# Generate a Rotatable Ellipse

jjweimer

Here is the basic Ellipse code I have developed, where yw and xw are waves of 361 points.

Function Ellipsoid(xo,yo,a,b,alpha)

variable xo,yo,a,b,alpha

// wave yw Assume these two waves exist .....

// wave xw

variable sinbeta = sin(-alpha*Pi/180), cosbeta=cos(-alpha*Pi/180)

xw = xo + a*cos(p*Pi/180)*cosbeta - b*sin(p*Pi/180)*sinbeta

yw = yo + a*cos(p*Pi/180)*sinbeta + b*sin(p*Pi/180)*cosbeta

return (0)

end

variable xo,yo,a,b,alpha

// wave yw Assume these two waves exist .....

// wave xw

variable sinbeta = sin(-alpha*Pi/180), cosbeta=cos(-alpha*Pi/180)

xw = xo + a*cos(p*Pi/180)*cosbeta - b*sin(p*Pi/180)*sinbeta

yw = yo + a*cos(p*Pi/180)*sinbeta + b*sin(p*Pi/180)*cosbeta

return (0)

end

A plot of yw versus xw shows the ellipse.

I should also mention, the ellipse is to be drawn on linear or log-log coordinates. One intent is to show how an elliptical region spanning multiple decades in scale in linear coordinates takes on a completely different shape when displayed in log-log coordinates. Anyone who is familiar with materials selection charts that are popular in books by M. Ashby and others will see the immediate pedagogical utility of my efforts.

I have attached an experiment to illustrate where I am so far.

Can anyone suggest a better way to do what I need?

http://www.mathhelpforum.com/math-help/pre-calculus/31004-rotated-ellip…

You should probably recentre the ellipse onto the origin first though, and put it back once you're finished.

March 25, 2010 at 08:11 pm - Permalink

I'll just leave rotation off for now.

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J. J. Weimer

Chemistry / Chemical & Materials Engineering, UAH

March 26, 2010 at 03:24 pm - Permalink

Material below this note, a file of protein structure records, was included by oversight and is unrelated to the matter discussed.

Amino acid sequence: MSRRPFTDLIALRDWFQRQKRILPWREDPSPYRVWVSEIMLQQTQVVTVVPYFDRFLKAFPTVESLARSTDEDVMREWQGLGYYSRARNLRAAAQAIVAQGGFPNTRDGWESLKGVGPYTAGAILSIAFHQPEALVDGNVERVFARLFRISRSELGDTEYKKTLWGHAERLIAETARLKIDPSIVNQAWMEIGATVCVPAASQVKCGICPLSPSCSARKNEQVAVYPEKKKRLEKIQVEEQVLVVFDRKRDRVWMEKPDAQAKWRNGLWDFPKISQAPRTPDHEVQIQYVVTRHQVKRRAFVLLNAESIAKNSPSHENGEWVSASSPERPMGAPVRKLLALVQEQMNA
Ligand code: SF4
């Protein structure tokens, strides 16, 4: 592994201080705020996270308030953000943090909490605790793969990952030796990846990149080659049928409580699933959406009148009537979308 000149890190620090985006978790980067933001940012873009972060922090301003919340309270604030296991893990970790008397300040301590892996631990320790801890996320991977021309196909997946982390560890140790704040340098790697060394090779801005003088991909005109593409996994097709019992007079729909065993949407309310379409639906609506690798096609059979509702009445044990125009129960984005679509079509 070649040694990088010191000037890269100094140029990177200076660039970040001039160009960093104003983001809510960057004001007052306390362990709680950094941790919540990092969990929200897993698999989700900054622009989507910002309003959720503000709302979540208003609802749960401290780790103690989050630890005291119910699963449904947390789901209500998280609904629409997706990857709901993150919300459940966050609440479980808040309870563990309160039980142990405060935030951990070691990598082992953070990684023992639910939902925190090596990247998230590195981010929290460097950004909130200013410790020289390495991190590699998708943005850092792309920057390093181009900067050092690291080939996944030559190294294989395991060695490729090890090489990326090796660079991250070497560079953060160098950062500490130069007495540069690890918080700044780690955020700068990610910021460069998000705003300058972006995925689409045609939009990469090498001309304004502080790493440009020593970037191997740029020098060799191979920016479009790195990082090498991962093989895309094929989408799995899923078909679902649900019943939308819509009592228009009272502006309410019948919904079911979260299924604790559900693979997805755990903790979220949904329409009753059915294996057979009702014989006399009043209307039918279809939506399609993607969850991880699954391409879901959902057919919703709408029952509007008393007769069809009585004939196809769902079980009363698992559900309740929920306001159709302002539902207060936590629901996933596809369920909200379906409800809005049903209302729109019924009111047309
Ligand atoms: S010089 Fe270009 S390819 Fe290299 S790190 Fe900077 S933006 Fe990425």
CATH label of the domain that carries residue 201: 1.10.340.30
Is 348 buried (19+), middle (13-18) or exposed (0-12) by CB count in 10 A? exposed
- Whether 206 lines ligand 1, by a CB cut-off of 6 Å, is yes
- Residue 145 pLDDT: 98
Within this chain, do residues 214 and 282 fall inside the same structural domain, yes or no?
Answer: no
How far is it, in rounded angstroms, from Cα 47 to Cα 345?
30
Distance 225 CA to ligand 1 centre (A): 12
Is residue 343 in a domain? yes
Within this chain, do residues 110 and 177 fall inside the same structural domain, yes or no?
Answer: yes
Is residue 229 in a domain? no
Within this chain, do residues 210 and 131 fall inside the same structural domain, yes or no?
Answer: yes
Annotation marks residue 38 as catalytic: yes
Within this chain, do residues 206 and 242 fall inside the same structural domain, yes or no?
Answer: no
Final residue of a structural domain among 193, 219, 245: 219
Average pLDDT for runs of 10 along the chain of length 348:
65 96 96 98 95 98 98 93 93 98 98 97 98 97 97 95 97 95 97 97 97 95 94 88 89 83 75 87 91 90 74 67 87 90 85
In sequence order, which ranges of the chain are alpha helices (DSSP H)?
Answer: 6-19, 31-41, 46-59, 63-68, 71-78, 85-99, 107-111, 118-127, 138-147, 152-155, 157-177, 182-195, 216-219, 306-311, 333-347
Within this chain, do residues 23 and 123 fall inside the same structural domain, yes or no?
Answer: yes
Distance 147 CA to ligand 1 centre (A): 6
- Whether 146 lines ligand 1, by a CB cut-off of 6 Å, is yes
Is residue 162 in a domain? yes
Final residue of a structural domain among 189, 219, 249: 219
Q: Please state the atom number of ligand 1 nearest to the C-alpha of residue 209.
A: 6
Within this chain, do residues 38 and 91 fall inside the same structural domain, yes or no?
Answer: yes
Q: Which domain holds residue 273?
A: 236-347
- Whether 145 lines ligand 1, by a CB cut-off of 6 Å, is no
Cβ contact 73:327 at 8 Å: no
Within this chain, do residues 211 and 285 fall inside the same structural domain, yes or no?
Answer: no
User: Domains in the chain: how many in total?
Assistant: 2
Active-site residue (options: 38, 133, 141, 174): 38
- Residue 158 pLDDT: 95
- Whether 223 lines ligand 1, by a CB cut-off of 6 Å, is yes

Rotation is a unitary operation, therefore keeping the distances between points constant - that's why your ellipse, if your code is correct, cannot skew. In fact, your code is OK, and your ellipse does NOT skew, this happens only because of different scales on the x- and y-axis. If you fix the scales to be the same, you will see that your function works as expected.

Cheers,

gregor

March 28, 2010 at 08:18 am - Permalink

Oh! Duh! Of course. My mistake was certainly in forgetting that my axes were not isomorphic in scale. Rotation therefore works as expected. The code snippet is found here.

Thank you!

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J. J. Weimer

Chemistry / Chemical & Materials Engineering, UAH

March 29, 2010 at 10:38 am - Permalink

That will add a submenu to your Graph menu. It provides an interactive way to draw an ellipse with draggable handles to change the aspect ratio and angle.

John Weeks

WaveMetrics, Inc.

support@wavemetrics.com

April 2, 2010 at 10:22 am - Permalink

I will look into it. My direct interest is to draw an ellipse of a given aspect/angle a) in normal coordinates and then transform to log-log to see the distortion in shape and b) in log-log coordinates and then transform to normal coordinates to see the distortion in shape. This is all related to illustrating the basics of so-called "materials selection charts" where ellipses are used on log-log plots to map out inclusive regions for two coordinating properties (strength vs density for example) of certain classes of materials (metals, composites ....). Showing that a pure ellipse in one coordinate framework is not a pure ellipse in another is a fundamental part of understanding such charts.

--

J. J. Weimer

Chemistry / Chemical & Materials Engineering, UAH

March 31, 2010 at 09:05 am - Permalink

Woops. My package doesn't handle log axes...

John Weeks

WaveMetrics, Inc.

support@wavemetrics.com

April 2, 2010 at 10:25 am - Permalink